Residents of Netherlands, Belgium and Germany urged not to cross borders
Dutch, Belgian and German government officials have urgently called upon their residents to stay in their home countries as much as possible during the upcoming weeks, so that a cross-border surge of new coronavirus infections can be prevented. The Netherlands saw its first significant relaxation of lockdown measures on Wednesday with the curfew eliminated and cafe terraces and some non-essential stores allowed to reopen. In Belgium, outdoor terraces are set to reopen on May 8. Germany and its states along the Dutch border have yet to announce any relaxations of their coronavirus measures.
”Unfortunately, this is not the time for socializing, visiting friends or shopping across the border. The Dutch, Belgians and Germans must keep their distance from each other. That helps us in all three countries in the fight against corona and saves lives. Avoid unnecessary travel and come back to the Netherlands only in better times,” said the Dutch Caretaker Minister of Justice and Security Ferd Grapperhaus on the government website.
The Belgian Minister of the Interior Annelies Verlinden also pointed out that all non-essential travel between the three countries must be postponed until the coronavirus situation was more favorable.
“We have to show our solidarity and take responsibility not only nationally, but also internationally. Only in this way can we slow down the spread of the virus in both Belgium and the Netherlands. Crossing the border for a café or restaurant visit or to go shopping for a day promotes the further spread of the virus on both sides of the border and is therefore not a good idea,” she argued.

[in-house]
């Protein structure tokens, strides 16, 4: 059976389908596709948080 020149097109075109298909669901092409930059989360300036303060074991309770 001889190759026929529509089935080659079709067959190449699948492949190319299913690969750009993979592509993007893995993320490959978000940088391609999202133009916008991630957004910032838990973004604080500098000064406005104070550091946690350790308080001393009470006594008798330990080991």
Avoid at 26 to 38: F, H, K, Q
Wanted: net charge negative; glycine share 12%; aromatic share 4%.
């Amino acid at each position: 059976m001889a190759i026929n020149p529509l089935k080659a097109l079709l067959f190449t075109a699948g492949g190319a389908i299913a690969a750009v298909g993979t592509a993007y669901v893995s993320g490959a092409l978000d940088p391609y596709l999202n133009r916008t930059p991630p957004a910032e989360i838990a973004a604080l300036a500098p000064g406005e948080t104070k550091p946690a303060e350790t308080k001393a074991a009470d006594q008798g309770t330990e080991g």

Words of Dutch and Belgian ministers were backed up by German political leaders Herbert Reul from North Rhine-Westphalia, and Boris Pistorius of Lower Saxony. They said they were hopeful that the vaccination will soon make it possible for international travel to resume again.
“The trust and smooth cooperation across the German-Dutch border is an impressive example of European solidarity and a value of the EU. As vaccination progresses across Europe, gradual normalization is slowly approaching. But until then, we all have to keep limiting ourselves, especially when it comes to freedom of movement,“ said Pistorius.